China mulls looser banking rules amid foreigners’ complaints

Chandi Dharmaratne

SHANGHAI, Sept 21, 2006 (AFP) – Financial regulators in China are mulling loosening regulations for foreign banks after criticism that proposed lending rules were far too strict, a state newspaper said Thursday.

China, which is gearing up to open its financial services in line with commitments made to the World Trade Organization when Beijing joined in late 2001, proposed minimum yuan deposits of one million yuan (125,000 dollars).

Citing unnamed sources, the China Daily reported that the China Banking Regulatory Commission and the Ministry of Commerce were considering lowering the deposit limits after vociferous complaints from foreign banks.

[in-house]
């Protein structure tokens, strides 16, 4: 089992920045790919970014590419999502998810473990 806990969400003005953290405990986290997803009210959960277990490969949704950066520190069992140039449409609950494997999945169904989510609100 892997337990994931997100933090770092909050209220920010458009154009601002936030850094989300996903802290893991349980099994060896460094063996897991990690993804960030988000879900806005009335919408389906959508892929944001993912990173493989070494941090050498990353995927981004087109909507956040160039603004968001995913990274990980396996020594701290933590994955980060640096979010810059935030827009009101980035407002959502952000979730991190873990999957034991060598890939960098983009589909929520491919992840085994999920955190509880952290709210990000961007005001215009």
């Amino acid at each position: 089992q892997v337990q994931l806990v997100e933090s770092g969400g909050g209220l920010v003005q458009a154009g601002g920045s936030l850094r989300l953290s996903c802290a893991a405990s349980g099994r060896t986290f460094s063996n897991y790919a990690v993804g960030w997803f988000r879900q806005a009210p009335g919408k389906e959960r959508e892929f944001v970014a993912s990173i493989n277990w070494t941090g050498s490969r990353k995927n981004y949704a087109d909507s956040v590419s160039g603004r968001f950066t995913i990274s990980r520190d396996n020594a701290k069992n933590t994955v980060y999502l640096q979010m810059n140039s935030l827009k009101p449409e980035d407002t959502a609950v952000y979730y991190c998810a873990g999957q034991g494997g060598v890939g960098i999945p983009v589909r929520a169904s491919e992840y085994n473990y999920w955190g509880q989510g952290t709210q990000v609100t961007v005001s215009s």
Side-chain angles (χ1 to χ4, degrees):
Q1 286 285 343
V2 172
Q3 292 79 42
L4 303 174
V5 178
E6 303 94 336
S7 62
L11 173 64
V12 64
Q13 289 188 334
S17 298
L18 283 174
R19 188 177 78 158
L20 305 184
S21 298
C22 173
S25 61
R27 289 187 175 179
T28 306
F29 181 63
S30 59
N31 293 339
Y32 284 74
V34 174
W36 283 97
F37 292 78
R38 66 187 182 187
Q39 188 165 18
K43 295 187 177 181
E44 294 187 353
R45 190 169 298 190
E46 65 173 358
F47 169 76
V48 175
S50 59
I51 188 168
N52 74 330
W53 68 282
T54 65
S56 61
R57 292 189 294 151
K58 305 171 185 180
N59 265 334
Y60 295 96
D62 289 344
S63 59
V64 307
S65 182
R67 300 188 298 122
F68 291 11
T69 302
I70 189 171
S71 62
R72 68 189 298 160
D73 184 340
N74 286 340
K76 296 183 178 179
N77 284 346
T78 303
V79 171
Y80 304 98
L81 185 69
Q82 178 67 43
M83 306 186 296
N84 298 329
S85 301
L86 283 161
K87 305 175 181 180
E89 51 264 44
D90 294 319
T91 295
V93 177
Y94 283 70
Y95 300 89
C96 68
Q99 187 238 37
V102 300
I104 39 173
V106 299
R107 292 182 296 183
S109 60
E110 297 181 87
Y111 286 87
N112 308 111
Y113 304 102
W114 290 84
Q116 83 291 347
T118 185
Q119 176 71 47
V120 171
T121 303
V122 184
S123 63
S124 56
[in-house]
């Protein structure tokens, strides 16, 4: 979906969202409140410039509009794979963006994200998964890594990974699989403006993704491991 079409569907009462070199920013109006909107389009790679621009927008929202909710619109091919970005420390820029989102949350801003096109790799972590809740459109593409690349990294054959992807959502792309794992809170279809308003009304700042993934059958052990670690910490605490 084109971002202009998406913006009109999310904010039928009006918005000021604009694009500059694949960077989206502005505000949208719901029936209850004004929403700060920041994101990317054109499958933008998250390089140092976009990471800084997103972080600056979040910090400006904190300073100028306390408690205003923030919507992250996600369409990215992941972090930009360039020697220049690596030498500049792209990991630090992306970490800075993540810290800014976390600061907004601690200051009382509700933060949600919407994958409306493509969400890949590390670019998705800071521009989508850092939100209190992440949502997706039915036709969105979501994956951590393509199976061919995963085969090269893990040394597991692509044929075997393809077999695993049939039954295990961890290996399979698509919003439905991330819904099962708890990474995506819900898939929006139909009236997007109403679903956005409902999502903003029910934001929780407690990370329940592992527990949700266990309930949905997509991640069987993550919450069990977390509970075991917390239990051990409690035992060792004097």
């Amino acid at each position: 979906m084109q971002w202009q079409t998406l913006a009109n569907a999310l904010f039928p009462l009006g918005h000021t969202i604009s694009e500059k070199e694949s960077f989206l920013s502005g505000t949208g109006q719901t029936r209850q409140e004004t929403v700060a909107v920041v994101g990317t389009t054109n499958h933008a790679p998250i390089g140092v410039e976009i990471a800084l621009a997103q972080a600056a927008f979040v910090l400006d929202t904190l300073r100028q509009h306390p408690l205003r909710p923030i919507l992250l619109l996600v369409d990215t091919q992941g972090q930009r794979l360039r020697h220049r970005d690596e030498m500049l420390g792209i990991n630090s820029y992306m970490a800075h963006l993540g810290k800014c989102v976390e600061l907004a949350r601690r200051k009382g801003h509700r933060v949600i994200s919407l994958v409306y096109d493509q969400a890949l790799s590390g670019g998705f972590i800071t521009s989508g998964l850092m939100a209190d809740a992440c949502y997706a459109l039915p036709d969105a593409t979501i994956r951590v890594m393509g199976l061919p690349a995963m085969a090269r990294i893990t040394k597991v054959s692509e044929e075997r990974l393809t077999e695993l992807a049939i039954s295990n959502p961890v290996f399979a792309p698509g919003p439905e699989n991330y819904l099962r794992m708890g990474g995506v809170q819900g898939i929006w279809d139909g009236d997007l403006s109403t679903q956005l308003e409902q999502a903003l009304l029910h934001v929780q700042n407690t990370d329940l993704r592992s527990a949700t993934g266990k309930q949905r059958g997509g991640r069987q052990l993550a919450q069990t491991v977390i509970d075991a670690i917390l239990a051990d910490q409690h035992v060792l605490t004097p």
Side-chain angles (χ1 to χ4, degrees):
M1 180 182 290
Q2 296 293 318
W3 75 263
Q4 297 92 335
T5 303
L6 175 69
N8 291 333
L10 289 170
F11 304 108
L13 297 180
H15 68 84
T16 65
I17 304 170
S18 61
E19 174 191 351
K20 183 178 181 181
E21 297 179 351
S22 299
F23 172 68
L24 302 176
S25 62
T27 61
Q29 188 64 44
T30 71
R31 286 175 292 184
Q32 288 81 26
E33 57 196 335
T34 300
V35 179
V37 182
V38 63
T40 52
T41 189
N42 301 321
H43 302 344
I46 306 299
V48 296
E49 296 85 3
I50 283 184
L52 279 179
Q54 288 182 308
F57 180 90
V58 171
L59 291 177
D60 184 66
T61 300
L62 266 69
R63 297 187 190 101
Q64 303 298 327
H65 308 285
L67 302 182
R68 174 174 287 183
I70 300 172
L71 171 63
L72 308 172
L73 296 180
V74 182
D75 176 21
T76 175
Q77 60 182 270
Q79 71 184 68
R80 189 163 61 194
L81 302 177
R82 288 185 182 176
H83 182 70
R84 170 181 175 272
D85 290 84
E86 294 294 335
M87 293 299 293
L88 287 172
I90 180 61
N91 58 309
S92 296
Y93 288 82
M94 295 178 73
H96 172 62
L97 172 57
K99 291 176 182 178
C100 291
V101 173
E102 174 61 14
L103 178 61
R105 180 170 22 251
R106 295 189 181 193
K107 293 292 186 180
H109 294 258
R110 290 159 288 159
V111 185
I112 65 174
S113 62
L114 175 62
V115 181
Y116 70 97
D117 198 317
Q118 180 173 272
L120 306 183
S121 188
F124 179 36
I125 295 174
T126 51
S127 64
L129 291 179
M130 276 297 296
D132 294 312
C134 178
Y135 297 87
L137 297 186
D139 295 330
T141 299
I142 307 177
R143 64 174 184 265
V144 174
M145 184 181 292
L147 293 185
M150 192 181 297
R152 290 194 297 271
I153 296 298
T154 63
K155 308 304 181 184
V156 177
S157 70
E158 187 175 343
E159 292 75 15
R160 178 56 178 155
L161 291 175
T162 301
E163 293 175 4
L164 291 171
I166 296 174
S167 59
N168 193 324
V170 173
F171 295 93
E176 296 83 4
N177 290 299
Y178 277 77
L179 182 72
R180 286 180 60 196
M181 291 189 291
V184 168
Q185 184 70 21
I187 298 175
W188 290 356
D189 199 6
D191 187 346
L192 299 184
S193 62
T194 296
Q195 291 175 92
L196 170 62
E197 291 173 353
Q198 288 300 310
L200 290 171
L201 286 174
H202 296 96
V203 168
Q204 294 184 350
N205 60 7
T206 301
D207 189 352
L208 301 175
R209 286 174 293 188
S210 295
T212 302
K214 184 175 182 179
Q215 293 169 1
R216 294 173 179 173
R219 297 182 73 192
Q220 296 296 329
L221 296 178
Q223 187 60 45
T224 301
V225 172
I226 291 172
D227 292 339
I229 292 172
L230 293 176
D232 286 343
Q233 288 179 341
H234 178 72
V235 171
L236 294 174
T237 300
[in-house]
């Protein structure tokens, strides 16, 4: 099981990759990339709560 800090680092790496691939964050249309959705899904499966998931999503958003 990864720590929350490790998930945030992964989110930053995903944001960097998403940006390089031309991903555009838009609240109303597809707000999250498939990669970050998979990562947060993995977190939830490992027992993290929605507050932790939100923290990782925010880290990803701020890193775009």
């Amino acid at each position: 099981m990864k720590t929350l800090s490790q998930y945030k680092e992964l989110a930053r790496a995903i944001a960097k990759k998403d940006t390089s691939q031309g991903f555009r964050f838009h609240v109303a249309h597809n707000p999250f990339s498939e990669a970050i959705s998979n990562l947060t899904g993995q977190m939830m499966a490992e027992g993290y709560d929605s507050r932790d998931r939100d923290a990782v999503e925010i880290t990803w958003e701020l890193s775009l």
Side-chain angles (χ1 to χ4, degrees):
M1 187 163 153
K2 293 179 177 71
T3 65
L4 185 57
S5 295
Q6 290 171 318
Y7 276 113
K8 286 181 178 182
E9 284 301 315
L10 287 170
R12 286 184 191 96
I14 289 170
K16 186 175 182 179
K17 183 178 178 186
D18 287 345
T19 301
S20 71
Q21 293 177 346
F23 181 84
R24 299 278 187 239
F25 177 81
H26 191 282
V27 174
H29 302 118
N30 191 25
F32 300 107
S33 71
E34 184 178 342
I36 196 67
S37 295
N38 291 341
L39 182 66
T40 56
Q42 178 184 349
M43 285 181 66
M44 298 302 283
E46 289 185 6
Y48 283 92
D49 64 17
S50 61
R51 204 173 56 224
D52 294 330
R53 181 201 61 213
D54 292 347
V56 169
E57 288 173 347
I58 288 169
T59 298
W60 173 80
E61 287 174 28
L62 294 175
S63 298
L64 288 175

“The two sides have been in continuous discussion and working closely in the past few days,” the newspaper quoted a banking regulator as saying.

“This may finally lead to a lower threshold than the earlier proposal in order to get (China) in line with the WTO principle for a wider open market.”

A draft of the rules submitted in June stated that foreign lenders could not provide loans of more than 10 percent of their registered capital to a single client.

Banks had to also keep overall lending below 75 percent of their total deposits, the newspap